DOSA – These fermented crispy and savory crepes from South India are extremely popular. Dosas, often likened to thin pancakes, can be made from washed lentils or rice batter fermented overnight, and are commonly cooked on a griddle. They can come plain or stuffed with potatoes, vegetables or cheese, and go great with coconut chutney. They are often served with a sambar, or lentil soup. 

CHUTNEYS – These popular dipping sauces or condiments that accompany Indian cuisine usually contain some combination of spices, herbs, fruits and vegetables. Usually they are divided between sweet and hot forms. Several common and popular ones include tamarind, cilantro (or coriander), and mint chutneys. The mint chutney – which also includes a touch of coriander – is sometimes called hari chutney for the Hindi word for green. Other types of chutney include mango, tomato, coconut, onion, red chili, green chili, and ginger. They can be used to add layers of taste and texture to everything from appetizers to entrees – to add a bit of spice to a mild dish or a taste of cool sweetness to a spicy dish.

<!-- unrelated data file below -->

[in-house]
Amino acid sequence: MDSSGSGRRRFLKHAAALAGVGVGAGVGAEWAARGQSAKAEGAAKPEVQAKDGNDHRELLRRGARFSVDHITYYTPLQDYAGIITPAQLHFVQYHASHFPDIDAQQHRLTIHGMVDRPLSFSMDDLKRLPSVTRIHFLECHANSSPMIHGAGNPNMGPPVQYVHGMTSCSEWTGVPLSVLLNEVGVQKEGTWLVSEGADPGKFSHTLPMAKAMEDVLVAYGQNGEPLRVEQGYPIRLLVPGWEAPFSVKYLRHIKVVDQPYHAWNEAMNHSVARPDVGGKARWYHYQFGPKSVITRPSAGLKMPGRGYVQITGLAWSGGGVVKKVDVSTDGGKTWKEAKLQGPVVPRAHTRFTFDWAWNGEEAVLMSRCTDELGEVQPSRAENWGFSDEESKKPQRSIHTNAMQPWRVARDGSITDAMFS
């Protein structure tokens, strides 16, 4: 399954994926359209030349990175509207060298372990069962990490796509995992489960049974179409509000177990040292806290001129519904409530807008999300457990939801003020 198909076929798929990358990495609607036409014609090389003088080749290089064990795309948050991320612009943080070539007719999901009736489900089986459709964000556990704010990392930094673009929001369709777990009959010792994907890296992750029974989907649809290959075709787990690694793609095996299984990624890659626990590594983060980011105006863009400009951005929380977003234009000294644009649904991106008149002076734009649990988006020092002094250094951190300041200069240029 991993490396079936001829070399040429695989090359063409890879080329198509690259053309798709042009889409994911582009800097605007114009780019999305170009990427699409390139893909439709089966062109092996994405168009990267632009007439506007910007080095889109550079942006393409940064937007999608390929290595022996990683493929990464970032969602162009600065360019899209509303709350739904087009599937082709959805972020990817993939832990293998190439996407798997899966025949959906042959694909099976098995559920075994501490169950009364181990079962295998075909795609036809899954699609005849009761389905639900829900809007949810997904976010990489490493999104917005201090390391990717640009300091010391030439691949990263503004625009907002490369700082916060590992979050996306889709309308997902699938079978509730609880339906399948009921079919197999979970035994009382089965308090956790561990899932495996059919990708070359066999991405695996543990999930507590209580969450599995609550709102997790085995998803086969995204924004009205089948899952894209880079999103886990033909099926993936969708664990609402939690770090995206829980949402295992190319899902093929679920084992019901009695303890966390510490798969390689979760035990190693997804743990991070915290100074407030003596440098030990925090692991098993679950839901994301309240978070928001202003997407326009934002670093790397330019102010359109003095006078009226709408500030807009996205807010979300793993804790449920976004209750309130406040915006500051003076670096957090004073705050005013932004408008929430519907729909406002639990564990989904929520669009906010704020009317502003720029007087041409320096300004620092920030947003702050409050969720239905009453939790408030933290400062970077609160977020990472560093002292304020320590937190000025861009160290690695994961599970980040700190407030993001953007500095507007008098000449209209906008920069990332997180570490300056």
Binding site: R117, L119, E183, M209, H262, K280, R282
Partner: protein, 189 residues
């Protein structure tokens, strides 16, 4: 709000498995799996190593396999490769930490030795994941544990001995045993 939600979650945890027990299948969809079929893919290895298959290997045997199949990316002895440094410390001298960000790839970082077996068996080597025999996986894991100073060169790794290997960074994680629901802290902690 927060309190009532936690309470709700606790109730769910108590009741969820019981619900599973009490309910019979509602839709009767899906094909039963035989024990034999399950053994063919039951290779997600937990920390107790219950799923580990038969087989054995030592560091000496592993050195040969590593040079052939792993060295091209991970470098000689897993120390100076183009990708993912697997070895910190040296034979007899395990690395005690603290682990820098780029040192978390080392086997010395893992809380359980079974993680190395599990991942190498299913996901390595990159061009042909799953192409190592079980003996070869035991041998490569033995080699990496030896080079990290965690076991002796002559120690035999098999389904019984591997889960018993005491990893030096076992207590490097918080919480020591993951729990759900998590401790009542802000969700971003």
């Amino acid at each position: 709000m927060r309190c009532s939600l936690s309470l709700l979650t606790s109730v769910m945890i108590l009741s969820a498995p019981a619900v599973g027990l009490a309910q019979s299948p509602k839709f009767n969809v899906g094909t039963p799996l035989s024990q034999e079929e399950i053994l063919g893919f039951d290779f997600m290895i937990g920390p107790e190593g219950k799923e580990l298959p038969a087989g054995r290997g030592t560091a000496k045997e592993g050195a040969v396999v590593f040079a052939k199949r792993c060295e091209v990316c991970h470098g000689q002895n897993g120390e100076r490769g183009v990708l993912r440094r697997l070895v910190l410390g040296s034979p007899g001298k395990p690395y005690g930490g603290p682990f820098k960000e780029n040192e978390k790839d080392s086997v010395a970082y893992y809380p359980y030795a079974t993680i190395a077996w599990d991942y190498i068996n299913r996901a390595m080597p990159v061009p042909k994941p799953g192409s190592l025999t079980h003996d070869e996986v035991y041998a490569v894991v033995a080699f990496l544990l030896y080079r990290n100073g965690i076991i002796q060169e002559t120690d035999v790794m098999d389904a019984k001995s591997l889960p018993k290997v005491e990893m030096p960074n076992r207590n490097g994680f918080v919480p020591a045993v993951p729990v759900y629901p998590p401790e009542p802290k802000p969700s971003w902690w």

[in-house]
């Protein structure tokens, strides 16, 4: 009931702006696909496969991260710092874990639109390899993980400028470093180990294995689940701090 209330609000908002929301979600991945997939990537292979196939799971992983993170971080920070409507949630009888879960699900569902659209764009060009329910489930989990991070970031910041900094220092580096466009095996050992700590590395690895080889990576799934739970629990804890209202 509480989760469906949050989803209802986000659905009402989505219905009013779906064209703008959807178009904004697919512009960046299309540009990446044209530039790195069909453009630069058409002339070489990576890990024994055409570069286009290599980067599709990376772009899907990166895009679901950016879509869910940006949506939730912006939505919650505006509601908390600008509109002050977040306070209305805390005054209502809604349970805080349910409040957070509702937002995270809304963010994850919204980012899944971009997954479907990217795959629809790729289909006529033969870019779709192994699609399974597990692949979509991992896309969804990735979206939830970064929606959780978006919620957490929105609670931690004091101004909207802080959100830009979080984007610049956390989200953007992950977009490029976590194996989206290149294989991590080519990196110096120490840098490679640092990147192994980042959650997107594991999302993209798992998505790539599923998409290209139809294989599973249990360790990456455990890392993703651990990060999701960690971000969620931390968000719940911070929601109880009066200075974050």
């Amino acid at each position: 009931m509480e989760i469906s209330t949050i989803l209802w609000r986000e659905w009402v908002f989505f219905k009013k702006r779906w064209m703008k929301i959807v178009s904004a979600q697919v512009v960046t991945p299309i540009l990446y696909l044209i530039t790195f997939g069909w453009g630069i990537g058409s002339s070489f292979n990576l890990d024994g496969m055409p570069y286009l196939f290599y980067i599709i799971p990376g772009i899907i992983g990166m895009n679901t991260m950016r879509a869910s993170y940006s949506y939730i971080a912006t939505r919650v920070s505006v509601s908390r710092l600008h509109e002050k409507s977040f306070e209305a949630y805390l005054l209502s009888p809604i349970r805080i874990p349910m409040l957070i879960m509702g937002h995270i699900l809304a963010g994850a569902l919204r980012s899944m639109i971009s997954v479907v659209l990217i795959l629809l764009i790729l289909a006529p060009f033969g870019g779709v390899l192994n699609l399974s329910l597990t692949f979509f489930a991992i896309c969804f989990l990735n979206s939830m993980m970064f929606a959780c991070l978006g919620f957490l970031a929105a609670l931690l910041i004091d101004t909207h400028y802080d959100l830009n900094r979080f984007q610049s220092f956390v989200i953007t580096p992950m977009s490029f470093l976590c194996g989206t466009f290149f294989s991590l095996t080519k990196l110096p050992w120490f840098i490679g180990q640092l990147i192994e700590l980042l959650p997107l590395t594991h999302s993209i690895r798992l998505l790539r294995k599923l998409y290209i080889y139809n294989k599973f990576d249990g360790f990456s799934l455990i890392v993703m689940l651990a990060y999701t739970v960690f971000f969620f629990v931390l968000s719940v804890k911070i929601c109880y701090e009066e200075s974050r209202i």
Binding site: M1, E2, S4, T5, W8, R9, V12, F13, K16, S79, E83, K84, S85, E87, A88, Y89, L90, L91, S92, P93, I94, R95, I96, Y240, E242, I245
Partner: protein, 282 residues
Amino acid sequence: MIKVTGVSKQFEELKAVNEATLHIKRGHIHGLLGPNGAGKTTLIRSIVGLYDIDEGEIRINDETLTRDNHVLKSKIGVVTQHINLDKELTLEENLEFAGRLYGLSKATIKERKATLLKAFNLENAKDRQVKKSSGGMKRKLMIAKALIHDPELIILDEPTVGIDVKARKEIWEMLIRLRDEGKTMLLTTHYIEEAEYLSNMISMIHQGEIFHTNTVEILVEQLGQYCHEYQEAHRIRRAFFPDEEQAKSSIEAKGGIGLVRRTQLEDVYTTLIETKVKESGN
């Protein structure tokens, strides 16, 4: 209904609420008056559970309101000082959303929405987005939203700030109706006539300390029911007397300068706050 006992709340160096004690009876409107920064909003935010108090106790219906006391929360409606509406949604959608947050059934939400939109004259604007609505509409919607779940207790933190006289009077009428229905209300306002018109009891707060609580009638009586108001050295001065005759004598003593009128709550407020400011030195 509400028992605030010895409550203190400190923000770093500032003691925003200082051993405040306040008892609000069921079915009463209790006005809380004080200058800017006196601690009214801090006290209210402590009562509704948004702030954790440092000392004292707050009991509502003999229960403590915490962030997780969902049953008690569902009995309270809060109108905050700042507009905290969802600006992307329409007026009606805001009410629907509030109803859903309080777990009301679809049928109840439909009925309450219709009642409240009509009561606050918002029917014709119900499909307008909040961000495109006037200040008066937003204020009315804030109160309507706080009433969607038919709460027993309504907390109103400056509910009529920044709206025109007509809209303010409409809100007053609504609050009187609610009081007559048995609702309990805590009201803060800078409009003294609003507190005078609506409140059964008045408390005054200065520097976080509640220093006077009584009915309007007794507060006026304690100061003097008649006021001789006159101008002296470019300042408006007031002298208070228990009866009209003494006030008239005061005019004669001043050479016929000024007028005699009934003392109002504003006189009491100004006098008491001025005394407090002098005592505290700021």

CHICKEN TIKKA MASALA – This popular choice, widely served across India and reported to be the favorite restaurant dish in the United Kingdom, includes boneless cubes of chicken (tikka) marinated and sautéed in spices and yogurt, roasted in the tandoor (clay oven), and served in a creamy, masala (spicy) sauce. The sauce often includes tomatoes, heavy cream and spices, and is orange in color, usually from the use of turmeric or paprika powder or tomato puree. The chicken can be substituted in other tikka masala dishes with fish, lamb or paneer (cheese).

BUTTER CHICKEN – This dish, also called chicken makhani, is considered a specialty in some restaurants and is one of the best known Indian dishes around the world. It consists of roasted boneless chicken cooked in the tandoor (clay oven) in spices, tomatoes, butter and cream sauce, which can vary from mild to spicy. Its sauce or gravy is often made by mixing butter with Khoa (reduced cream), tomato puree and a variety of spices, including cumin, pepper, cinnamon, coriander, fenugreek and cream. Butter chicken goes great with nan bread and basmati rice.